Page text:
IS IT BETTER TO KEEP DETECTION OF PAD SIMPLE OR MORE SOPHISTICATED?
Matuška J.1, Piťha J.2
1MATMED, Angiology Outpatient Clinic, Hodonín
2Department of Cardiology, Center for Cardiovascular Research, Institute for Clinical and Experimental Medicine, Prague
Early detection of peripheral arterial disease (PAD) is of critical importance not only for better health condition of extremities affected but also for the overall health and prognosis of the given patient; PAD is very often accompanied by coronary heart disease which is the main cause of death. In addition to thoroughly taken medical history and physical examination, many valuable complementary methods have been introduced for PAD detection. Which one should be used preferably is still matter of debate. One approach is to rely on one available, reliable and economically sustainable method. The most frequently proposed one is duplex ultrasound of the vessel system of lower extremities with the potential to detect not only haemodynamically significant stenoses but also non-obstructive atherosclerotic changes, non-atherosclerotic changes, aneurysms, other arterial and venous wall deformities and, last but not least, to detect perivascular pathological structures. Nevertheless, even such an efficient method has its drawbacks. Therefore, other methods to detect vasculopathies by other means are proposed for everyday practice, including ankle brachial index measurements, plethysmography, and others. To what extent these methods should be used or exploited in our offices will be discussed in a slightly conflicting way by two speakers.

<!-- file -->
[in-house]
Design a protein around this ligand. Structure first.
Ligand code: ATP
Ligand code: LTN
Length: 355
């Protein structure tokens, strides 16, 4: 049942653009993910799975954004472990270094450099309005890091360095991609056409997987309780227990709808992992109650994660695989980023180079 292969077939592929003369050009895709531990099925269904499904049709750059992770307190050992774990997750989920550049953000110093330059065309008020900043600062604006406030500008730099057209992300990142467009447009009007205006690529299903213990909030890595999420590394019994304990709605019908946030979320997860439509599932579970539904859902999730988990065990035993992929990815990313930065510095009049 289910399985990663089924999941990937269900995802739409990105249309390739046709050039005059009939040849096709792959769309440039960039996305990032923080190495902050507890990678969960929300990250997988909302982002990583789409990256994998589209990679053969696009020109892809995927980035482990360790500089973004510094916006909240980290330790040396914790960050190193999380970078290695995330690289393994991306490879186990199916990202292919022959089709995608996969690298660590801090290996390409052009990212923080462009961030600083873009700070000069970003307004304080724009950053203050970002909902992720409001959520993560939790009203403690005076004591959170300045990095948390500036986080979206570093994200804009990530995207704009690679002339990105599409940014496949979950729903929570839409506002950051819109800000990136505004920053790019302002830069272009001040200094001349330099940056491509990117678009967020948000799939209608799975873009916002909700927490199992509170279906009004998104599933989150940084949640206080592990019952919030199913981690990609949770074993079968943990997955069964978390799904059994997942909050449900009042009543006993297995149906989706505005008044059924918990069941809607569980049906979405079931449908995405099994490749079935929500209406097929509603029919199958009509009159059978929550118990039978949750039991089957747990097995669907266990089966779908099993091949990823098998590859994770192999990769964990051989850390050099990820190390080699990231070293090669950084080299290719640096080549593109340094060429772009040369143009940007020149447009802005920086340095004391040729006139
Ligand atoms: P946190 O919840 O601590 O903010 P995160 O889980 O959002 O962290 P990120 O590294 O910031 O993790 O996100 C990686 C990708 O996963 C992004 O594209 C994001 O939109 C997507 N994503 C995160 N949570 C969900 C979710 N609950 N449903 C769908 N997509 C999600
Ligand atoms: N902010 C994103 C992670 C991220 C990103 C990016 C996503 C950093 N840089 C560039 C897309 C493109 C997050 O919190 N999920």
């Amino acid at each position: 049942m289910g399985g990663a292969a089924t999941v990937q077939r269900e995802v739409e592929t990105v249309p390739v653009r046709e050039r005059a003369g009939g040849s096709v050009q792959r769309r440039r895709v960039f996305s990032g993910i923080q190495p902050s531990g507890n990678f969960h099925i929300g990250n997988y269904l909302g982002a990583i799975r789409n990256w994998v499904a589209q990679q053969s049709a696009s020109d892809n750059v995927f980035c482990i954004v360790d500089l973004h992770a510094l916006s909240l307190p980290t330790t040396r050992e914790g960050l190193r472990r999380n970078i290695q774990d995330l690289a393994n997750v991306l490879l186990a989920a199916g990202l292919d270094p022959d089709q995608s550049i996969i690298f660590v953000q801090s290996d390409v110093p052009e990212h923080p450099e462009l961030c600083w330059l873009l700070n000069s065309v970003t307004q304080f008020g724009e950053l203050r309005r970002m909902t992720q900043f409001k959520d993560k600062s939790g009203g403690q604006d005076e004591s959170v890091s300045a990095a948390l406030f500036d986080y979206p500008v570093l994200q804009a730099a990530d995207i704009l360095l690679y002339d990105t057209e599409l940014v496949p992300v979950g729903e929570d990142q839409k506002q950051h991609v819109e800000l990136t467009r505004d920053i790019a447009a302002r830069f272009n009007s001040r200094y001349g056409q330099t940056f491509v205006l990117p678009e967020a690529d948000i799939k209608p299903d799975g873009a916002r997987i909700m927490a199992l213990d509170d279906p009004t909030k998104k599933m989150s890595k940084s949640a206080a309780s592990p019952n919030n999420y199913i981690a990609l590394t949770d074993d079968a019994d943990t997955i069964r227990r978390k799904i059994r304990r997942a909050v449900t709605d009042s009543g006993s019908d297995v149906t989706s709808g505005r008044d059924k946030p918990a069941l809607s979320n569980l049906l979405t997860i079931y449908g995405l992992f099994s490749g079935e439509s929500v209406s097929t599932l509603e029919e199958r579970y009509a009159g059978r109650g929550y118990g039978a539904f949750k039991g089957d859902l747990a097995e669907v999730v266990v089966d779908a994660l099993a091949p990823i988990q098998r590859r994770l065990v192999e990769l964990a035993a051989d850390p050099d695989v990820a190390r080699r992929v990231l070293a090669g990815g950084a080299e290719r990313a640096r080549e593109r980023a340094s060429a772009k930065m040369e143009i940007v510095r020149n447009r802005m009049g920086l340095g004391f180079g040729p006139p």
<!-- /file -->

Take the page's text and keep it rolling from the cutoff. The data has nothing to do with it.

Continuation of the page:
Supported by MH CZ – DRO („Institute for Clinical and Experimental Medicine – IKEM, IN 00023001“)